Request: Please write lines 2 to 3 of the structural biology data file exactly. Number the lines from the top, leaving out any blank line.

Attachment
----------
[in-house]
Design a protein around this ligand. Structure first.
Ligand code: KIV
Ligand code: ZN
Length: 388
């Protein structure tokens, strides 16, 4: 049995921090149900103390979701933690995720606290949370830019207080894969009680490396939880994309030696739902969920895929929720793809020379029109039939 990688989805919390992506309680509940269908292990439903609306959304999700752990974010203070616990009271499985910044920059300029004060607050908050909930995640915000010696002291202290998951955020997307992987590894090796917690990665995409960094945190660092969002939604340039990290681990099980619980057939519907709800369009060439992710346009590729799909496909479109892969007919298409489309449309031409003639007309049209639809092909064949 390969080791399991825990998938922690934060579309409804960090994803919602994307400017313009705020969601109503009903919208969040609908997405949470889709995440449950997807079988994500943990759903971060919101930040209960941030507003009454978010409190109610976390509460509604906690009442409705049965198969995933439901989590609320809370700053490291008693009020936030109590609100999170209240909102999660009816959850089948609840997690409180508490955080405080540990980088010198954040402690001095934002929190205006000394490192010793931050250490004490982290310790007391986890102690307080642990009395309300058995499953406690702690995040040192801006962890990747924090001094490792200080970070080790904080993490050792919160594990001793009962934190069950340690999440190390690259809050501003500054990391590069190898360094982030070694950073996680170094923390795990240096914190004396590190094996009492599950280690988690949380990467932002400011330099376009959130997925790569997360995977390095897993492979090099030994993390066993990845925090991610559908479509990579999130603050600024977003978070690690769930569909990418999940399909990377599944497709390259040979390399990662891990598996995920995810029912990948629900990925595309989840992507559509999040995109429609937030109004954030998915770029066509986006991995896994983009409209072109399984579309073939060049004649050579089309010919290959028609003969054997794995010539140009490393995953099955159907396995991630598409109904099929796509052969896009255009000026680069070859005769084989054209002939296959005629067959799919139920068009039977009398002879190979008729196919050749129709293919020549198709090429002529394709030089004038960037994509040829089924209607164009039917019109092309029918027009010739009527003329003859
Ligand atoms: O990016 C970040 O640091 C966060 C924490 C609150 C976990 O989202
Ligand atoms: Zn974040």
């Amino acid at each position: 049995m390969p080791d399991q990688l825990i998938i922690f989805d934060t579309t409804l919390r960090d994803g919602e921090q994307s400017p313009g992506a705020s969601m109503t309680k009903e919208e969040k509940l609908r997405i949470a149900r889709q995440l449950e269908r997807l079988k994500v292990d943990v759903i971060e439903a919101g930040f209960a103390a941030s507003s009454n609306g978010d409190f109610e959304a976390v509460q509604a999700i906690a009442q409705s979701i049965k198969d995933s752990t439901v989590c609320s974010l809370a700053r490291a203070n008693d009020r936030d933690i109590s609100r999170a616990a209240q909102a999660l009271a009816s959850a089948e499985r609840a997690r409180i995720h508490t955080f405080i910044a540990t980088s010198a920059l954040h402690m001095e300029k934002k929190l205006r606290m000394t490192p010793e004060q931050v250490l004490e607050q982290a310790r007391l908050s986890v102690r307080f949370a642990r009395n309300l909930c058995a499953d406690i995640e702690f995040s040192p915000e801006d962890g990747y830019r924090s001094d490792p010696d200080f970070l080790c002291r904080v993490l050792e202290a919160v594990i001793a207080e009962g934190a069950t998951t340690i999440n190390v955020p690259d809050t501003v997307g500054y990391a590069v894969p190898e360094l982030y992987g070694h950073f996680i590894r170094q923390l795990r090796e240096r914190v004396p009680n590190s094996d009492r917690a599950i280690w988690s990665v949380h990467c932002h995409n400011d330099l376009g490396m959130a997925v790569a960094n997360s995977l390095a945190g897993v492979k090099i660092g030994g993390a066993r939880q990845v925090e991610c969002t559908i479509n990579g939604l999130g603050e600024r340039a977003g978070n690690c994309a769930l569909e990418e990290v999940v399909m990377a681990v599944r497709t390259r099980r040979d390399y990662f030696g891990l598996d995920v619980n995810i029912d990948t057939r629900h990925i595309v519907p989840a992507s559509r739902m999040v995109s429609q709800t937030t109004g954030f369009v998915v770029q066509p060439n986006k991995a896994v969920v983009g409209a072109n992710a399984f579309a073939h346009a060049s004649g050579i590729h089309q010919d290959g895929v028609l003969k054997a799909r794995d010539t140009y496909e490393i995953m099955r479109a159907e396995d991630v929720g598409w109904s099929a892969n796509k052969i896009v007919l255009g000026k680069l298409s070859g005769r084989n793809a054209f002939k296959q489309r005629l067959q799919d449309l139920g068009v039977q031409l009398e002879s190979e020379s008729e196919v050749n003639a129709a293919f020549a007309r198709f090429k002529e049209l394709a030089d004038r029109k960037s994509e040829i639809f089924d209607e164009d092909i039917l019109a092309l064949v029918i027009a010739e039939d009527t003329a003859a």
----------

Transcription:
Design a protein around this ligand. Structure first.
Ligand code: KIV